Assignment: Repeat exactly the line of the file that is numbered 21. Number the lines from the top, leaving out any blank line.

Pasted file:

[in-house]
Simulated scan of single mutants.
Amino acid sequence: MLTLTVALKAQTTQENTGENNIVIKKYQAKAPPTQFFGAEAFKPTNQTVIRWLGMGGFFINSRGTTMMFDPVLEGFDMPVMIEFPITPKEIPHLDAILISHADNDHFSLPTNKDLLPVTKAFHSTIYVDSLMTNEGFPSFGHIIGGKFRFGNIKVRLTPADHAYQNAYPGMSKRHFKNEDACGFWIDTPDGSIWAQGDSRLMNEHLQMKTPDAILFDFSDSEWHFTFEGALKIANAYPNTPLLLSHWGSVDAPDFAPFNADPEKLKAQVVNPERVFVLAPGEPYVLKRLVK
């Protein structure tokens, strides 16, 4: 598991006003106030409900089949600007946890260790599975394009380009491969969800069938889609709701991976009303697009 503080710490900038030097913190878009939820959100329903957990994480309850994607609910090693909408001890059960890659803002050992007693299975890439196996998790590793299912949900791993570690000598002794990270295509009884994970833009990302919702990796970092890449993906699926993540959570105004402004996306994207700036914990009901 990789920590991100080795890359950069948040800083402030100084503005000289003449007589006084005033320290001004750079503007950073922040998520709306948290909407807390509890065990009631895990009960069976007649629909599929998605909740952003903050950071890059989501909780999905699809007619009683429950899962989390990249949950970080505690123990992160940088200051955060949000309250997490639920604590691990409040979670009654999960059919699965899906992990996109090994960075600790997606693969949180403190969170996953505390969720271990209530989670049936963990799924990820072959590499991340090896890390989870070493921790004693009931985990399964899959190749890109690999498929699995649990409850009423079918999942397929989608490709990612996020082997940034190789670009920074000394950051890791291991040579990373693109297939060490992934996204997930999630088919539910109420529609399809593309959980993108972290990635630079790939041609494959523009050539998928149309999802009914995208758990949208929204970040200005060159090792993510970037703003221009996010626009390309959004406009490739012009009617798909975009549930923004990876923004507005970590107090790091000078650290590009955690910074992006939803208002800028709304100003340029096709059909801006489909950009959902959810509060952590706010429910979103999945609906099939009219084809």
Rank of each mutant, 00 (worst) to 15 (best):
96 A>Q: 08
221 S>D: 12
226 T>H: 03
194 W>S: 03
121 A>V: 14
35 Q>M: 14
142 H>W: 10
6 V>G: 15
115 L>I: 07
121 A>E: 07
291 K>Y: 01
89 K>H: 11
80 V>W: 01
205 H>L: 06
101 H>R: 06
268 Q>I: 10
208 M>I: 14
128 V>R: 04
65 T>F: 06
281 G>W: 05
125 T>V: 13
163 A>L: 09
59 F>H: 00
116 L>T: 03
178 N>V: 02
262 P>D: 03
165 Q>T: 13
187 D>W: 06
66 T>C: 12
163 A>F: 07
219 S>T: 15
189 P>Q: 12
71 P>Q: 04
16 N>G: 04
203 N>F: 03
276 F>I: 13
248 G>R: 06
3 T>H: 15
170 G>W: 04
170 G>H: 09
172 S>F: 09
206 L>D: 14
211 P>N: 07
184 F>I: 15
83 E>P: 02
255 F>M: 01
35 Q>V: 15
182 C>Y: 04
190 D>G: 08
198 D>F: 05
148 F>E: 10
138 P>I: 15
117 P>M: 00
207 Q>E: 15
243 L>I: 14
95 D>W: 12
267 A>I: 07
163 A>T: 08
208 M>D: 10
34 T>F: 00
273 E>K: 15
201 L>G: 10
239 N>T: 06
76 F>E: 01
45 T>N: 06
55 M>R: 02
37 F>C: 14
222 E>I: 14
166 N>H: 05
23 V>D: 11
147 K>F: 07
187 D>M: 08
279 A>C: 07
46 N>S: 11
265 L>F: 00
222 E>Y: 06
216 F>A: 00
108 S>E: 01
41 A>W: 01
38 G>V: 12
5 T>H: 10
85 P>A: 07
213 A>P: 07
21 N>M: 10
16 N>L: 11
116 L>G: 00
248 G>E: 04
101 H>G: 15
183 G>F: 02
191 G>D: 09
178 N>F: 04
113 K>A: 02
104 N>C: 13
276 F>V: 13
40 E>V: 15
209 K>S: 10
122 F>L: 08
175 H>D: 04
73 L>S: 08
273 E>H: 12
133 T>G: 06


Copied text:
268 Q>I: 10